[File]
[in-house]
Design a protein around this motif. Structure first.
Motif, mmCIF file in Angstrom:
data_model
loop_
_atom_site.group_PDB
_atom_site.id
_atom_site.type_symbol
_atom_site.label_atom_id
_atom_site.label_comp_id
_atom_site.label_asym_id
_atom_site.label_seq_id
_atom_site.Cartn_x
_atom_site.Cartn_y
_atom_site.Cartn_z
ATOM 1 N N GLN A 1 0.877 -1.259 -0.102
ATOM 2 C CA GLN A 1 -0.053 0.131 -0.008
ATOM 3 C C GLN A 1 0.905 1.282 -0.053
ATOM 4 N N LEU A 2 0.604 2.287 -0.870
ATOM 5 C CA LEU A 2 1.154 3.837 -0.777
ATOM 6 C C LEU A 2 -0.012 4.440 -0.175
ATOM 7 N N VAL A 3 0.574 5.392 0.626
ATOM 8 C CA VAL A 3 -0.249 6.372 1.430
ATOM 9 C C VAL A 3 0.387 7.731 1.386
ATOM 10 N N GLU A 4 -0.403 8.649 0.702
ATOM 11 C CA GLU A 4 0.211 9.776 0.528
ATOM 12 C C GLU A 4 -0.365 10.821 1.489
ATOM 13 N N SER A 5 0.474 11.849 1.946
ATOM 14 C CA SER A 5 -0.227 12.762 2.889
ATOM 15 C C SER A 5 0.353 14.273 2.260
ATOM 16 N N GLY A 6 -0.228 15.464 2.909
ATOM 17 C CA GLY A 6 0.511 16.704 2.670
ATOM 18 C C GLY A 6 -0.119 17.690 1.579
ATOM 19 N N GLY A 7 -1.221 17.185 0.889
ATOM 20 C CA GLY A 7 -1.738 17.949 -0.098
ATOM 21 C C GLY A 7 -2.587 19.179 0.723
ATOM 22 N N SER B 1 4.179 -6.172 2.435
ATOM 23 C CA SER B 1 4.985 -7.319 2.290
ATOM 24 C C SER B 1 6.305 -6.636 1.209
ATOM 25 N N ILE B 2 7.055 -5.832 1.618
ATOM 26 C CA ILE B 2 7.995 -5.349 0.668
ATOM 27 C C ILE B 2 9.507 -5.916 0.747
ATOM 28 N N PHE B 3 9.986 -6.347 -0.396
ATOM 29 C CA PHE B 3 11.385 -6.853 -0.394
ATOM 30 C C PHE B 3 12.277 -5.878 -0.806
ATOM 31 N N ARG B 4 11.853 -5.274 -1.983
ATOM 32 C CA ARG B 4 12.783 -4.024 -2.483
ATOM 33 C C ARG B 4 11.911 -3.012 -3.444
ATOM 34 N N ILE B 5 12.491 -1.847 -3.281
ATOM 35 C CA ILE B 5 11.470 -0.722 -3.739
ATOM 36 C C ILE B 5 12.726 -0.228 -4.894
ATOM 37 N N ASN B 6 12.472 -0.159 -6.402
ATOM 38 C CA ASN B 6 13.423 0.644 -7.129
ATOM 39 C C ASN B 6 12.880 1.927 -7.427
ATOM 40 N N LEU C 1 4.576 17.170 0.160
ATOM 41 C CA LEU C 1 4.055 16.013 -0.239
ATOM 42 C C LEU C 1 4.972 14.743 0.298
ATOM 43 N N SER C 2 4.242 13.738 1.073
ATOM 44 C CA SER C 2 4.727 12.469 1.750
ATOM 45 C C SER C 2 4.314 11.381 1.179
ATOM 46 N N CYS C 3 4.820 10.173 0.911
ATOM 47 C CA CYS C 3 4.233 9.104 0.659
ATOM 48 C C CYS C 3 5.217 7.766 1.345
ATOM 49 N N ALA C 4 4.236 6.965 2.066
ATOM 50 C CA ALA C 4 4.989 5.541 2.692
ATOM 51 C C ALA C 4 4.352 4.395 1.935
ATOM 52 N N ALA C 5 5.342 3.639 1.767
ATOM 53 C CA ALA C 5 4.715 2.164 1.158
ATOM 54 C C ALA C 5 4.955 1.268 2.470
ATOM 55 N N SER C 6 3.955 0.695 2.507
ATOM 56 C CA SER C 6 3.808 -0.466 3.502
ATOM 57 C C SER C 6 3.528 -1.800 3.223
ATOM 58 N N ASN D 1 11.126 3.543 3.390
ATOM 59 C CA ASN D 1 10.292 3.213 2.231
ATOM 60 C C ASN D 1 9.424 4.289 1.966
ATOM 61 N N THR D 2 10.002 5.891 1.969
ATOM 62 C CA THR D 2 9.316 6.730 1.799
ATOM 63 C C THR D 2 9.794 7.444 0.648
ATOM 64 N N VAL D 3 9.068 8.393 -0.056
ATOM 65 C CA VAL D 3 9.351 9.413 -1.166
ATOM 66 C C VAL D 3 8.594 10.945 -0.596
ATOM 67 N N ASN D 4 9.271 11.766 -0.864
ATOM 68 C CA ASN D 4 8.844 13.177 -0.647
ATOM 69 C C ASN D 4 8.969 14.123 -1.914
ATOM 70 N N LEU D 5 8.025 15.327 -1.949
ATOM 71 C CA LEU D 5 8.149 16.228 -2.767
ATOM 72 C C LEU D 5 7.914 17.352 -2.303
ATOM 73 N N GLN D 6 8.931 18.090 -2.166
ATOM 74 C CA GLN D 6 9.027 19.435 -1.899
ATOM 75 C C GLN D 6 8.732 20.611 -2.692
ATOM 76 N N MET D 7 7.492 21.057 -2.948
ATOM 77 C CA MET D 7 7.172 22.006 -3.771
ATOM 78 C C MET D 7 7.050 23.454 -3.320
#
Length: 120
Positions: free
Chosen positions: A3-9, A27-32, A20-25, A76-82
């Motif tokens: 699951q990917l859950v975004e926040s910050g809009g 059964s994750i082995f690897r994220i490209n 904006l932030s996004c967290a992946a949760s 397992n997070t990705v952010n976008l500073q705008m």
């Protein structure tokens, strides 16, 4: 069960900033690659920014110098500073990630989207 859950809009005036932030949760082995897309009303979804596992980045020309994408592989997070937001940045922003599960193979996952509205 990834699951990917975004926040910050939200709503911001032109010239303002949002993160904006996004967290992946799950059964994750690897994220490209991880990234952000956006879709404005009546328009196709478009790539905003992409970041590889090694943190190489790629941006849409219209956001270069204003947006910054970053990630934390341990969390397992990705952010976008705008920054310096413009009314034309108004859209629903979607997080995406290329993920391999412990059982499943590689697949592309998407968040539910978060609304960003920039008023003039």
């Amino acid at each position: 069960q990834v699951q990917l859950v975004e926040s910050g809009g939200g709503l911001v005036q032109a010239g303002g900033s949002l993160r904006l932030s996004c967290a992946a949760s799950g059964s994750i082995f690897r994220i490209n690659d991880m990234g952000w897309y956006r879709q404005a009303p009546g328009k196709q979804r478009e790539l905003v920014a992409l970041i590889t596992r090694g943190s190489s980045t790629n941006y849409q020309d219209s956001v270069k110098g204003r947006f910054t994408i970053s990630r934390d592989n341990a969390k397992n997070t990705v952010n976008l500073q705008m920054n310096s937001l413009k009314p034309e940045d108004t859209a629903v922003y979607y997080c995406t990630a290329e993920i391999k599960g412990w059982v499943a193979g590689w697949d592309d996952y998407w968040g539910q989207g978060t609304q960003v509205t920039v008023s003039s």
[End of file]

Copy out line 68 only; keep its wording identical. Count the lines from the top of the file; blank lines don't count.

ATOM 53 C CA ALA C 5 4.715 2.164 1.158